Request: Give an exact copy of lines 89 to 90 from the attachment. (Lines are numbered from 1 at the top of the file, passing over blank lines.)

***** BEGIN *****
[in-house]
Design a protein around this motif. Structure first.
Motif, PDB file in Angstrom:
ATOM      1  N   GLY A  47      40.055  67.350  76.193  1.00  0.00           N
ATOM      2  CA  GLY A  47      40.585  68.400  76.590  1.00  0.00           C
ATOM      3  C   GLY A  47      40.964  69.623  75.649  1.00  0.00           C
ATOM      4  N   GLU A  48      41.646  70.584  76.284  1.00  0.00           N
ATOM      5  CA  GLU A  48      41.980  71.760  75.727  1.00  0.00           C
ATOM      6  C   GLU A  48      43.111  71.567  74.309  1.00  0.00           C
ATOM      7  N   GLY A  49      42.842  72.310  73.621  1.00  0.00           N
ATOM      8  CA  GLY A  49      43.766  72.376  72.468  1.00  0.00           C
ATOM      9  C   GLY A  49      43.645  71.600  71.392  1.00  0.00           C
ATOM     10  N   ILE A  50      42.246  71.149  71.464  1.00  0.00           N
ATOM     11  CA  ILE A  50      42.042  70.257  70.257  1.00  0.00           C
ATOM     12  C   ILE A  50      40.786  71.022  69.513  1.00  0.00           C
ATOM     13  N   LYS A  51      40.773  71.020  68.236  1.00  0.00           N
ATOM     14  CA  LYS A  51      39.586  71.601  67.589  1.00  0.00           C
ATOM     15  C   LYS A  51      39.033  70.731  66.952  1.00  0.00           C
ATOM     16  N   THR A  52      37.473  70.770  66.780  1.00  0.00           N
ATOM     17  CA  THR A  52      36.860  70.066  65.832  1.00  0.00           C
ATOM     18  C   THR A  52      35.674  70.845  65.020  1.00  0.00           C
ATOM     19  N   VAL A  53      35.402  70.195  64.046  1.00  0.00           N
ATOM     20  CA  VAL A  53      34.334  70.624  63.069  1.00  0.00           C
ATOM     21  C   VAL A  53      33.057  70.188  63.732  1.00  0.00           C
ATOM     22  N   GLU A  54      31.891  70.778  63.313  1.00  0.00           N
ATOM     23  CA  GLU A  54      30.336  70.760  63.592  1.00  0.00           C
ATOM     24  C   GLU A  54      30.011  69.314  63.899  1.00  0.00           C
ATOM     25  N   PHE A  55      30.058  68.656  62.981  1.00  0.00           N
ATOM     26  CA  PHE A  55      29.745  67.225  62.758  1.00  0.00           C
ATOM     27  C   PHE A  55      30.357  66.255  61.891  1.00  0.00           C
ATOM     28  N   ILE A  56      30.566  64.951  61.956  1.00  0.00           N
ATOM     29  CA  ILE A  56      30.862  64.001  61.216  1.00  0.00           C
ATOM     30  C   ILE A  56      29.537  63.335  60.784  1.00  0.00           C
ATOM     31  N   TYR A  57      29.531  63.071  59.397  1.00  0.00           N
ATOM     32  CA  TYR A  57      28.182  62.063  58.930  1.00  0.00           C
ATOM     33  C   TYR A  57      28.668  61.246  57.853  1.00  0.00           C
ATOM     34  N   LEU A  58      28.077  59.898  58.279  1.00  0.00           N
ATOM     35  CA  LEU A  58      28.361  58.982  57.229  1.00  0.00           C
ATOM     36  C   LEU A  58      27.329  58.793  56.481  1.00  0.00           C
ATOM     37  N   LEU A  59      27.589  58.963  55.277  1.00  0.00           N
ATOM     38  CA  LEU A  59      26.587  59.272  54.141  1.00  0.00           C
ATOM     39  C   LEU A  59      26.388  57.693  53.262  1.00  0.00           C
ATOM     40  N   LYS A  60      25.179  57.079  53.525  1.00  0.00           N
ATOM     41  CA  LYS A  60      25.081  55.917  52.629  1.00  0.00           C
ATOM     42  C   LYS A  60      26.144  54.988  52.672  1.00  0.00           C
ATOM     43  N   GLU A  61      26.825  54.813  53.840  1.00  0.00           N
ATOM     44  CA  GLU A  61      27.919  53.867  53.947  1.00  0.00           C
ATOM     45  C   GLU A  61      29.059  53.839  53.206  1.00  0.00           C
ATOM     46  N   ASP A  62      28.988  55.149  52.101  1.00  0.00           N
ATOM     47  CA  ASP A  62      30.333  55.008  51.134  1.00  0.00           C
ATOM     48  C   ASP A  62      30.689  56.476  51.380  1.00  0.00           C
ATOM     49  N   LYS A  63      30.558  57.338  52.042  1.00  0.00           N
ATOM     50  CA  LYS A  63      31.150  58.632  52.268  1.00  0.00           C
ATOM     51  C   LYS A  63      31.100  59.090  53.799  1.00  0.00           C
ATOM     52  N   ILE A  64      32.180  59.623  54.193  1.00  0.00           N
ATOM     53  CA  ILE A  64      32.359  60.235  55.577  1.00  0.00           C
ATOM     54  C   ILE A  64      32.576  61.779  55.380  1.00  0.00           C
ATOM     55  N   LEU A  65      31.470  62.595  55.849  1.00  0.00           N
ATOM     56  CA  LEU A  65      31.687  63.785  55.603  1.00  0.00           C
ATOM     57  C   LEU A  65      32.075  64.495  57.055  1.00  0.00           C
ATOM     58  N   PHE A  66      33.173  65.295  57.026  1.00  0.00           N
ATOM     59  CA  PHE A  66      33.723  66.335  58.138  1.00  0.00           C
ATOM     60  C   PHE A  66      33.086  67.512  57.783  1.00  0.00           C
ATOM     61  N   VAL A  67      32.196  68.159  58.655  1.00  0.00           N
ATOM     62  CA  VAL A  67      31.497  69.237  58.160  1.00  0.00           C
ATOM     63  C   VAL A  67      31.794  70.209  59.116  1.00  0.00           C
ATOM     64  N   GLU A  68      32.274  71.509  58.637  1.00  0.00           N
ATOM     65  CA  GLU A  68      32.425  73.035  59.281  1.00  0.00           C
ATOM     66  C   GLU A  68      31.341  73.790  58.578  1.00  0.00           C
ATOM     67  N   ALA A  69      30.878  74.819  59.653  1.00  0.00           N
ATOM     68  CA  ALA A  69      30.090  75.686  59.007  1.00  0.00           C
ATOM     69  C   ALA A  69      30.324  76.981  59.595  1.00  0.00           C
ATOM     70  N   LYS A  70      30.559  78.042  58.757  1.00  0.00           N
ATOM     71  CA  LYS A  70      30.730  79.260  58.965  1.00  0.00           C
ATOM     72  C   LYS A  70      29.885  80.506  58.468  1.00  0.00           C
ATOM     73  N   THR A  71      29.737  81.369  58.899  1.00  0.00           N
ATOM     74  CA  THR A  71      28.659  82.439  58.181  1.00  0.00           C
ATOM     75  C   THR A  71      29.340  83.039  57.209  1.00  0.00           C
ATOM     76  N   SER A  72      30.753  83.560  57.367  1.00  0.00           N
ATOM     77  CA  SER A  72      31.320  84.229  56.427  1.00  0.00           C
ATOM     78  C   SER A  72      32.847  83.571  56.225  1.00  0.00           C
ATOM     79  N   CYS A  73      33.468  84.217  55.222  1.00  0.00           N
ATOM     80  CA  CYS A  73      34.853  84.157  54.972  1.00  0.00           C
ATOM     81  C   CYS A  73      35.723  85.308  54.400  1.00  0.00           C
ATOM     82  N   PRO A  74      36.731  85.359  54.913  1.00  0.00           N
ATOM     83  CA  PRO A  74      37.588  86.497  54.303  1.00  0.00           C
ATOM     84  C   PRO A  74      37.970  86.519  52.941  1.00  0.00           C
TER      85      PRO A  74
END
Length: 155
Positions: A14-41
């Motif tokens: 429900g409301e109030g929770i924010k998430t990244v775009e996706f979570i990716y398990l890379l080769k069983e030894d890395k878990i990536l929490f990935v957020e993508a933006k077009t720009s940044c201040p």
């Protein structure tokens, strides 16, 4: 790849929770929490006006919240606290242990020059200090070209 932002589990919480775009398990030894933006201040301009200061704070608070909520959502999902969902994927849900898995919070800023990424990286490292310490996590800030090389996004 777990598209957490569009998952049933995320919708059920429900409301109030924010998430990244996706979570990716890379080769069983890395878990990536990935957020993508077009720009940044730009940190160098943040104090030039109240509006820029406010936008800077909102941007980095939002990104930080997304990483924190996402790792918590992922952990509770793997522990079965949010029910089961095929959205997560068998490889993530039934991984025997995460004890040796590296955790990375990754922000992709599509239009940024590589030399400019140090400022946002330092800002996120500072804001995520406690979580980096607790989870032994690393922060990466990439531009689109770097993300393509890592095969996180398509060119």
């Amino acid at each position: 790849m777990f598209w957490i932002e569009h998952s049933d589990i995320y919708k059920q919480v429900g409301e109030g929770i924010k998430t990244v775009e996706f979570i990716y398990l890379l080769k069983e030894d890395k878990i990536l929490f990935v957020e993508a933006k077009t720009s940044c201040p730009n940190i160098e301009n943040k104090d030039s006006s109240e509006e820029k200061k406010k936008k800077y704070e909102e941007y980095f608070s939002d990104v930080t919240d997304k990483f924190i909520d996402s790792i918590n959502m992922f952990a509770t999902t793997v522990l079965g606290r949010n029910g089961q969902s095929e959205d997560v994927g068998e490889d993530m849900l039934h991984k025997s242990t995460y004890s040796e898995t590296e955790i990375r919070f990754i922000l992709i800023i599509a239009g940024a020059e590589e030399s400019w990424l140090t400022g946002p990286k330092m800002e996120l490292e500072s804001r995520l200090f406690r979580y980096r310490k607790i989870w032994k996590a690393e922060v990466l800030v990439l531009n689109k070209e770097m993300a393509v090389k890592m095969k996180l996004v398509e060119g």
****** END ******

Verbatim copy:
END
Length: 155